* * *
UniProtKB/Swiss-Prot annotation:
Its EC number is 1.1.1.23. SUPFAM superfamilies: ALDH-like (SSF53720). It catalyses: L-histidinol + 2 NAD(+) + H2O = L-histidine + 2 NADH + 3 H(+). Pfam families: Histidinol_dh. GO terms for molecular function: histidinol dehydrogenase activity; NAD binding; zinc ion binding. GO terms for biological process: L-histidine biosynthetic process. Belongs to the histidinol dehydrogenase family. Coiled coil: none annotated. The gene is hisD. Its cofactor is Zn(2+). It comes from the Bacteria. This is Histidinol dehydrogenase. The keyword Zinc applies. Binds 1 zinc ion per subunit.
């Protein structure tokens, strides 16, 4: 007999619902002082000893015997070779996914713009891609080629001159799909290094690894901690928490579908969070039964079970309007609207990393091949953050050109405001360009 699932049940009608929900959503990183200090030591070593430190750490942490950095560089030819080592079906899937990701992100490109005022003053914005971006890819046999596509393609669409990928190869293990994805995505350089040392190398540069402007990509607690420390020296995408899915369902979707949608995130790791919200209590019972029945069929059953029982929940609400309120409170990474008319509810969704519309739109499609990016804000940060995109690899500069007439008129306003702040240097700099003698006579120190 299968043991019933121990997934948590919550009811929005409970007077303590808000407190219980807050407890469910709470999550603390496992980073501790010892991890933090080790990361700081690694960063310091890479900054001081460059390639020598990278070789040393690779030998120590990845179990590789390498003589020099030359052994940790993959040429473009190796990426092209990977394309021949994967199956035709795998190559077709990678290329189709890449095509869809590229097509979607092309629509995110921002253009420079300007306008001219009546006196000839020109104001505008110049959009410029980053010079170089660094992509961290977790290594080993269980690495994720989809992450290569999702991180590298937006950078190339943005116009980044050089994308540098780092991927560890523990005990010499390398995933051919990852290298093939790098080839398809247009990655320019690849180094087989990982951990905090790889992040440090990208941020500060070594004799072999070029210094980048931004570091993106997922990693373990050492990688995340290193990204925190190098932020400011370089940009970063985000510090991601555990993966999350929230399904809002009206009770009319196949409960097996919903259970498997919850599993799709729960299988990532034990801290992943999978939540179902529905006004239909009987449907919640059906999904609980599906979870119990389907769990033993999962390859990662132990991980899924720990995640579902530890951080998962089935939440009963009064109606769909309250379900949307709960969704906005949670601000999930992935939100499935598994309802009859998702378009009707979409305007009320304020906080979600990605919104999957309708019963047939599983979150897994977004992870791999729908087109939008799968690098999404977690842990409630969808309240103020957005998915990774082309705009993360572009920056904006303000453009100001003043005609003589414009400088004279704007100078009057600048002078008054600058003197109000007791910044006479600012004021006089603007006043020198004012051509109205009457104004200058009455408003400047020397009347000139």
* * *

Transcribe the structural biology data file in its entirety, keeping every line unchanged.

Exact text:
UniProtKB/Swiss-Prot annotation:
Its EC number is 1.1.1.23. SUPFAM superfamilies: ALDH-like (SSF53720). It catalyses: L-histidinol + 2 NAD(+) + H2O = L-histidine + 2 NADH + 3 H(+). Pfam families: Histidinol_dh. GO terms for molecular function: histidinol dehydrogenase activity; NAD binding; zinc ion binding. GO terms for biological process: L-histidine biosynthetic process. Belongs to the histidinol dehydrogenase family. Coiled coil: none annotated. The gene is hisD. Its cofactor is Zn(2+). It comes from the Bacteria. This is Histidinol dehydrogenase. The keyword Zinc applies. Binds 1 zinc ion per subunit.
């Protein structure tokens, strides 16, 4: 007999619902002082000893015997070779996914713009891609080629001159799909290094690894901690928490579908969070039964079970309007609207990393091949953050050109405001360009 699932049940009608929900959503990183200090030591070593430190750490942490950095560089030819080592079906899937990701992100490109005022003053914005971006890819046999596509393609669409990928190869293990994805995505350089040392190398540069402007990509607690420390020296995408899915369902979707949608995130790791919200209590019972029945069929059953029982929940609400309120409170990474008319509810969704519309739109499609990016804000940060995109690899500069007439008129306003702040240097700099003698006579120190 299968043991019933121990997934948590919550009811929005409970007077303590808000407190219980807050407890469910709470999550603390496992980073501790010892991890933090080790990361700081690694960063310091890479900054001081460059390639020598990278070789040393690779030998120590990845179990590789390498003589020099030359052994940790993959040429473009190796990426092209990977394309021949994967199956035709795998190559077709990678290329189709890449095509869809590229097509979607092309629509995110921002253009420079300007306008001219009546006196000839020109104001505008110049959009410029980053010079170089660094992509961290977790290594080993269980690495994720989809992450290569999702991180590298937006950078190339943005116009980044050089994308540098780092991927560890523990005990010499390398995933051919990852290298093939790098080839398809247009990655320019690849180094087989990982951990905090790889992040440090990208941020500060070594004799072999070029210094980048931004570091993106997922990693373990050492990688995340290193990204925190190098932020400011370089940009970063985000510090991601555990993966999350929230399904809002009206009770009319196949409960097996919903259970498997919850599993799709729960299988990532034990801290992943999978939540179902529905006004239909009987449907919640059906999904609980599906979870119990389907769990033993999962390859990662132990991980899924720990995640579902530890951080998962089935939440009963009064109606769909309250379900949307709960969704906005949670601000999930992935939100499935598994309802009859998702378009009707979409305007009320304020906080979600990605919104999957309708019963047939599983979150897994977004992870791999729908087109939008799968690098999404977690842990409630969808309240103020957005998915990774082309705009993360572009920056904006303000453009100001003043005609003589414009400088004279704007100078009057600048002078008054600058003197109000007791910044006479600012004021006089603007006043020198004012051509109205009457104004200058009455408003400047020397009347000139």